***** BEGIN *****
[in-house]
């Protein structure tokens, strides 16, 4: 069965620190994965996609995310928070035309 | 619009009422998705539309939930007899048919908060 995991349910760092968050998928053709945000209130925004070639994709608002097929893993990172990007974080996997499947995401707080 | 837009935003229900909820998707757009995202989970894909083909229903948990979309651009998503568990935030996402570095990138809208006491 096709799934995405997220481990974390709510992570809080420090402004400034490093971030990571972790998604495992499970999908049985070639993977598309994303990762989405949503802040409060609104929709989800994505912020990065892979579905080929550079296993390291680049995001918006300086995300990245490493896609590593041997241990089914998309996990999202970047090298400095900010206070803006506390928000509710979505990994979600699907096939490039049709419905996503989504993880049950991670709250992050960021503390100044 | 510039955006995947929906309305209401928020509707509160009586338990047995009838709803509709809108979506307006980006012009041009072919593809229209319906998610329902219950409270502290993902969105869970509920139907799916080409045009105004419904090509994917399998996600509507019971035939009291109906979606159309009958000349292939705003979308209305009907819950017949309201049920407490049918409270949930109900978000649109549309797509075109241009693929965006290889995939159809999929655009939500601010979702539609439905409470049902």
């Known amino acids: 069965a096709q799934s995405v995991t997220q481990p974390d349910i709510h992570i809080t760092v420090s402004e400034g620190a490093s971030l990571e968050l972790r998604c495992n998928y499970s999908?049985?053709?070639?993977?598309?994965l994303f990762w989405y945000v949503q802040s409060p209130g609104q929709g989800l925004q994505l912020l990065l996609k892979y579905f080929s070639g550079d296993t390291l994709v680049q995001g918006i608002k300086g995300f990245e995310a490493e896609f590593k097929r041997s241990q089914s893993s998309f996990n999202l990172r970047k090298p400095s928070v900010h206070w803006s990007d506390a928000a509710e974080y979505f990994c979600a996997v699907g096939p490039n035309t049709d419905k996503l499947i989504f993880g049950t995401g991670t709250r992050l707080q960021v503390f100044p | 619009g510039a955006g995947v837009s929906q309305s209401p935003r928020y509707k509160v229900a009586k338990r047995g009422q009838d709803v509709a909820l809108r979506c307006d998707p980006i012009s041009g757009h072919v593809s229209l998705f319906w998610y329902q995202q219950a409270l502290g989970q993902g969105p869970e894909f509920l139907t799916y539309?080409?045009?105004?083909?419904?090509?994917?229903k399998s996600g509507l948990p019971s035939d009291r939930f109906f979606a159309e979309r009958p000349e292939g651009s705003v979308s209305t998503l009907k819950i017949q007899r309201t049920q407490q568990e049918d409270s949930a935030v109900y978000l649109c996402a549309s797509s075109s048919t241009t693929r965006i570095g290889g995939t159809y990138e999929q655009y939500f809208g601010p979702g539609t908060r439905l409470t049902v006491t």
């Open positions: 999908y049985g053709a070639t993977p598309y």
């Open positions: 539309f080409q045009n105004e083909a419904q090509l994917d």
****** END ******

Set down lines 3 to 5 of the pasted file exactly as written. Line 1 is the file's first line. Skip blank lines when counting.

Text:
């Known amino acids: 069965a096709q799934s995405v995991t997220q481990p974390d349910i709510h992570i809080t760092v420090s402004e400034g620190a490093s971030l990571e968050l972790r998604c495992n998928y499970s999908?049985?053709?070639?993977?598309?994965l994303f990762w989405y945000v949503q802040s409060p209130g609104q929709g989800l925004q994505l912020l990065l996609k892979y579905f080929s070639g550079d296993t390291l994709v680049q995001g918006i608002k300086g995300f990245e995310a490493e896609f590593k097929r041997s241990q089914s893993s998309f996990n999202l990172r970047k090298p400095s928070v900010h206070w803006s990007d506390a928000a509710e974080y979505f990994c979600a996997v699907g096939p490039n035309t049709d419905k996503l499947i989504f993880g049950t995401g991670t709250r992050l707080q960021v503390f100044p | 619009g510039a955006g995947v837009s929906q309305s209401p935003r928020y509707k509160v229900a009586k338990r047995g009422q009838d709803v509709a909820l809108r979506c307006d998707p980006i012009s041009g757009h072919v593809s229209l998705f319906w998610y329902q995202q219950a409270l502290g989970q993902g969105p869970e894909f509920l139907t799916y539309?080409?045009?105004?083909?419904?090509?994917?229903k399998s996600g509507l948990p019971s035939d009291r939930f109906f979606a159309e979309r009958p000349e292939g651009s705003v979308s209305t998503l009907k819950i017949q007899r309201t049920q407490q568990e049918d409270s949930a935030v109900y978000l649109c996402a549309s797509s075109s048919t241009t693929r965006i570095g290889g995939t159809y990138e999929q655009y939500f809208g601010p979702g539609t908060r439905l409470t049902v006491t």
């Open positions: 999908y049985g053709a070639t993977p598309y």
């Open positions: 539309f080409q045009n105004e083909a419904q090509l994917d």